Publisher/s: Avatar Press
Genre: Superhero, science-fiction
Author/s: Warren Ellis
Artist/s: Juan Jose Ryp
Format: Limited Series
No. of Issues: 8
Vintage: June 2008 – September 2009
How much do you want to be a super human? In the 1960s, a chemist named Carrick Masterson creates a revolutionary drug that creates the first and only S.P.B’s (super powered beings) in an effort to curb the increasingly violent police activity throughout America. In the ’60s, the first generation of super humans are called The Levellers, so-called after the popular movement that came out of the English Civil War. Masterson’s drug, labeled FX7, a designed alteration of 5-methoxy-diisopropyltryptamine, has side-effects as dangerous as the powers they gain.
The secret to Masterson’s FX7 is jealously guarded, and over the years The Levellers, who eventually become known as The Frontline, have to contend with various government agencies who are desperate to get the formula for FX7.
Fast forward to 2011, members of The Frontline are being assassinated one after another, as after several decades, Masterson (who has obviously taken FX7 himself, due to the fact that he cannot die) has managed to step on the toes of half the world, with his exploits of super-heroism but as The Levellers begin to dwindle, Masterson seeks out potential members – enter Joshua Carver.
Josh Carver really wants to be a superhero, so much so that he trains vigorously everyday, doesn’t smoke, take drugs or drink and doesn’t even eat meat. In peak psychical condition, Carver masquerades at night as a vigilante, dispensing hard-hitting justice to the scum of society in a desperate attempt to get the attention of Carrick Masterson. So what does it take to get noticed? For Josh it was jumping from three stories and landing on some punk (crushing him of course) and his friends. Impressed, Masterson invites Carver to his not-so-humble abode and starts the procedure that will enable Joshua to become the newest member of the most powerful group on Earth.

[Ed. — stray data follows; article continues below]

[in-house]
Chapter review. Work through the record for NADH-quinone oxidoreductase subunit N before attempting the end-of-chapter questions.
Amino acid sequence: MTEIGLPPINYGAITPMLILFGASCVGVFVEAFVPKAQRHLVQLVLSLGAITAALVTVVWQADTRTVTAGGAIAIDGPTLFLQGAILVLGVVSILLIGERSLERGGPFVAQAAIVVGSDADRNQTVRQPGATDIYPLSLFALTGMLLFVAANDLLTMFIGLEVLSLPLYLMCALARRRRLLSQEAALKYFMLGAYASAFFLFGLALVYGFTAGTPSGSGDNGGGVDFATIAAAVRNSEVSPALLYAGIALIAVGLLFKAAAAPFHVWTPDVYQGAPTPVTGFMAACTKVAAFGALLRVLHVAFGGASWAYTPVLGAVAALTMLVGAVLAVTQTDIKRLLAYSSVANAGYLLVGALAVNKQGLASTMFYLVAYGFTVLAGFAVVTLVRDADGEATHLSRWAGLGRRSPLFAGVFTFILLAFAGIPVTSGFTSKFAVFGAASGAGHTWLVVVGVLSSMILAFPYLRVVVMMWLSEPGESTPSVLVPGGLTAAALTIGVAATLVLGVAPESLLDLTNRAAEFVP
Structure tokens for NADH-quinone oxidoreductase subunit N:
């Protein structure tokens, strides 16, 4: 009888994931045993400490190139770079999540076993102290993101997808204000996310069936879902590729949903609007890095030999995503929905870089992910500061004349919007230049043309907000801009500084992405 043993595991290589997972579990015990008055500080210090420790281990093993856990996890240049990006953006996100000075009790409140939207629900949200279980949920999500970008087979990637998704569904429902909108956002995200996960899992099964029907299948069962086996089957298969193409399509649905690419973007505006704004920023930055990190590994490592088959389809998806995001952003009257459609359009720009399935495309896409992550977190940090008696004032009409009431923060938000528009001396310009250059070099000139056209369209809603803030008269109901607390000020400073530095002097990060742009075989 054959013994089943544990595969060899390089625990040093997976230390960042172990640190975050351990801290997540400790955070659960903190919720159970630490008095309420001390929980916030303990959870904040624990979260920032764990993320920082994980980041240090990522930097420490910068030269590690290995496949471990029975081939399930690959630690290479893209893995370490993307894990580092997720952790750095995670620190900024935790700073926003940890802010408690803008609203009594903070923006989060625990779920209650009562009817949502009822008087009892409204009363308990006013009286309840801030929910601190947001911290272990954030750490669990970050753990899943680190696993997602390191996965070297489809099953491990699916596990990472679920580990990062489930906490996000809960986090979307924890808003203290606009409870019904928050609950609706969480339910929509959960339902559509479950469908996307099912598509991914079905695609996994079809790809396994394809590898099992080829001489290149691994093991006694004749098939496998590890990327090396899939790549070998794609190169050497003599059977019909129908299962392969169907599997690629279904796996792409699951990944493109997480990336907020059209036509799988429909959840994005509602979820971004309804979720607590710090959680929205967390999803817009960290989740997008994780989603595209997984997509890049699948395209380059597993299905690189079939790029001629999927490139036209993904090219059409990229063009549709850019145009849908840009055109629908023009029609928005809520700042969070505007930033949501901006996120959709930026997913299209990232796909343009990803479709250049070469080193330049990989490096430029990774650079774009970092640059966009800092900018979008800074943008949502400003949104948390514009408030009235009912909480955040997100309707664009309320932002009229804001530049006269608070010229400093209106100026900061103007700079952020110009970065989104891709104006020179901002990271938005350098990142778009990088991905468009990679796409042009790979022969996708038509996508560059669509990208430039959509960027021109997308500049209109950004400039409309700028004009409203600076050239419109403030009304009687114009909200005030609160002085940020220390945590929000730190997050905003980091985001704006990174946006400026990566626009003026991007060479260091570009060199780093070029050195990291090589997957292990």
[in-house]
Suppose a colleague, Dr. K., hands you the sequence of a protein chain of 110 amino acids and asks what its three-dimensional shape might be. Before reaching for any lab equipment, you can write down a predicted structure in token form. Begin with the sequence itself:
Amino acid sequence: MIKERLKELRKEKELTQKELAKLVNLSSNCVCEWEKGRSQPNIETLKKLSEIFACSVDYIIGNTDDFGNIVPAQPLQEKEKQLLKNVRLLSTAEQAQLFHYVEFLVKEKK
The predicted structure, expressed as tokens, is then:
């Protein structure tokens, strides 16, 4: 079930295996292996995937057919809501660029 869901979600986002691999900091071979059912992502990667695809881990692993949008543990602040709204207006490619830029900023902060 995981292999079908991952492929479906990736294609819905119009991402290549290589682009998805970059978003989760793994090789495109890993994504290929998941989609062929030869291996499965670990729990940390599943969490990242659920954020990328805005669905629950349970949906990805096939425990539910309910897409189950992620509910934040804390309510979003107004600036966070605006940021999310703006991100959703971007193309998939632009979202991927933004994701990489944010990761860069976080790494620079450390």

So that’s the premise of No Hero and if it strikes your fancy I highly recommend that you read it. No Hero has a kind of Watchmen-like tone to it in that both comics share key elements – heroes from the old days, a ‘mask killer’ and a wonderful plot twist. While nowhere near the level of Alan Moore’s masterpiece, No Hero is a fine piece of work and together with Juan Jose Ryp who has done a brilliant job of illustrating the story (the artwork is amazingly detailed and I’d hate to think how much time must have been spent to achieve such painstaking attention to detail), Warren Ellis has once again managed to dream up an interesting take on the superhero genre. Much like the FX7 drug, nothing is as it seems in No Hero and somehow Avatar Press has managed to impress me yet again with another brilliantly gruesome and hugely entertaining story and I look forward to future releases of Warren Ellis and Avatar Press.
Score | A